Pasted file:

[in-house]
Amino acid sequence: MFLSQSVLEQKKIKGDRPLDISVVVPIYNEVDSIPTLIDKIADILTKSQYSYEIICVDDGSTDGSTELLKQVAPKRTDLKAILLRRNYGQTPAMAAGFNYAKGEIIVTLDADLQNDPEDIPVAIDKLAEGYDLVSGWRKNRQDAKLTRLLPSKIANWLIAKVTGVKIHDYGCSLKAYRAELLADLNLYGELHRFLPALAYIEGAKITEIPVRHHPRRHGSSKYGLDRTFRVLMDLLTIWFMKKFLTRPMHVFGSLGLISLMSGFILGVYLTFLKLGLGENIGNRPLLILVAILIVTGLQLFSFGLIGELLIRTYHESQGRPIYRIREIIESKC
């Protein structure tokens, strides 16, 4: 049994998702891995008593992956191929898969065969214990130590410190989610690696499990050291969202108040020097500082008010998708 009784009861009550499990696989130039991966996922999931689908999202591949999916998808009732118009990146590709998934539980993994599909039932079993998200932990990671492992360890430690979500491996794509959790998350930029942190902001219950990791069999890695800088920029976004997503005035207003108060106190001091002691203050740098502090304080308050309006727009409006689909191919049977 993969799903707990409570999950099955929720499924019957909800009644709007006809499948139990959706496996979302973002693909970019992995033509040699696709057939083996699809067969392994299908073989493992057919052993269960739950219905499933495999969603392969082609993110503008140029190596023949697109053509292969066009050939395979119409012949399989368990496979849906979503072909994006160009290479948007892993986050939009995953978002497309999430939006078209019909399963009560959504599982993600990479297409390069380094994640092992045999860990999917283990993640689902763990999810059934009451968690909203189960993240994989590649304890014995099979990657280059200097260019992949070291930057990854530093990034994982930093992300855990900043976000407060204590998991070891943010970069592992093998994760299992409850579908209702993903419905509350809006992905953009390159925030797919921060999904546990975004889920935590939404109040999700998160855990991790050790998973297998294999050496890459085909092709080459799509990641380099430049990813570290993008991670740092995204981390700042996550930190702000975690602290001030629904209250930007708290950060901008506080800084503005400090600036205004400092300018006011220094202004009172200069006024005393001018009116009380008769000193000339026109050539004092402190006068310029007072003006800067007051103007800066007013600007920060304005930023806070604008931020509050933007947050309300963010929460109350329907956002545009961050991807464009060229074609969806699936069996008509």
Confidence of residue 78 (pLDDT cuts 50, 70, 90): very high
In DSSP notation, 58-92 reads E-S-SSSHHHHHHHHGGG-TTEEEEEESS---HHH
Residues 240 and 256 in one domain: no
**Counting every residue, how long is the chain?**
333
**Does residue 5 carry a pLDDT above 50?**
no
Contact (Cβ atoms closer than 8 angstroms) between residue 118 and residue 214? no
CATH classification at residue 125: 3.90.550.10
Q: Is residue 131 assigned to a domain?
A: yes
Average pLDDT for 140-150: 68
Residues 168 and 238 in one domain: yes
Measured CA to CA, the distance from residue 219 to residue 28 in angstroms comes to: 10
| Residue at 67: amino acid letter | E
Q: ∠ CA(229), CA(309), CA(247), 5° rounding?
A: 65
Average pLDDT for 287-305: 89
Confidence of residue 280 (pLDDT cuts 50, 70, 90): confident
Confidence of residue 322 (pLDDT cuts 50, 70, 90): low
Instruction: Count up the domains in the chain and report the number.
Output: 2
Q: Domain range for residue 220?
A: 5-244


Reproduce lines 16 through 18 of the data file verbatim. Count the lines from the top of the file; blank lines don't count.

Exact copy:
Residues 168 and 238 in one domain: yes
Measured CA to CA, the distance from residue 219 to residue 28 in angstroms comes to: 10
| Residue at 67: amino acid letter | E